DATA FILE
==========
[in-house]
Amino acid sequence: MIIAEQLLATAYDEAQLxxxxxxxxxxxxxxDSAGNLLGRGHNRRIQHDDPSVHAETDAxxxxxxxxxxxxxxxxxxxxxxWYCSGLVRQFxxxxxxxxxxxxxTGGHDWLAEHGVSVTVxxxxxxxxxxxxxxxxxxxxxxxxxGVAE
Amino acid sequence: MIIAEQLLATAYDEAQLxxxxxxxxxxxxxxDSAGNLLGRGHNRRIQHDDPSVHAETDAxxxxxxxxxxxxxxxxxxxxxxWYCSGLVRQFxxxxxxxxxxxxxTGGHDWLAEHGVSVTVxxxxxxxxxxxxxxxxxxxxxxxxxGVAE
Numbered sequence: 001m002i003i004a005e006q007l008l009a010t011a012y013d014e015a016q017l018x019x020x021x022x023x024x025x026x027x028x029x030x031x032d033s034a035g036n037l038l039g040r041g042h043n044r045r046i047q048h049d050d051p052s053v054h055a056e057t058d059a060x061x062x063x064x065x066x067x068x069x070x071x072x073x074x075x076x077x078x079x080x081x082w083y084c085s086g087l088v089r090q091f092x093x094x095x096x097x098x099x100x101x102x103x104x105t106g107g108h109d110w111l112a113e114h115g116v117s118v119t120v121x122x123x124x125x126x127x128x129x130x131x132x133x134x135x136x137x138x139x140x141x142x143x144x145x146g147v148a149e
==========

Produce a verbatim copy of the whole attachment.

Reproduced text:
[in-house]
Amino acid sequence: MIIAEQLLATAYDEAQLxxxxxxxxxxxxxxDSAGNLLGRGHNRRIQHDDPSVHAETDAxxxxxxxxxxxxxxxxxxxxxxWYCSGLVRQFxxxxxxxxxxxxxTGGHDWLAEHGVSVTVxxxxxxxxxxxxxxxxxxxxxxxxxGVAE
Amino acid sequence: MIIAEQLLATAYDEAQLxxxxxxxxxxxxxxDSAGNLLGRGHNRRIQHDDPSVHAETDAxxxxxxxxxxxxxxxxxxxxxxWYCSGLVRQFxxxxxxxxxxxxxTGGHDWLAEHGVSVTVxxxxxxxxxxxxxxxxxxxxxxxxxGVAE
Numbered sequence: 001m002i003i004a005e006q007l008l009a010t011a012y013d014e015a016q017l018x019x020x021x022x023x024x025x026x027x028x029x030x031x032d033s034a035g036n037l038l039g040r041g042h043n044r045r046i047q048h049d050d051p052s053v054h055a056e057t058d059a060x061x062x063x064x065x066x067x068x069x070x071x072x073x074x075x076x077x078x079x080x081x082w083y084c085s086g087l088v089r090q091f092x093x094x095x096x097x098x099x100x101x102x103x104x105t106g107g108h109d110w111l112a113e114h115g116v117s118v119t120v121x122x123x124x125x126x127x128x129x130x131x132x133x134x135x136x137x138x139x140x141x142x143x144x145x146g147v148a149e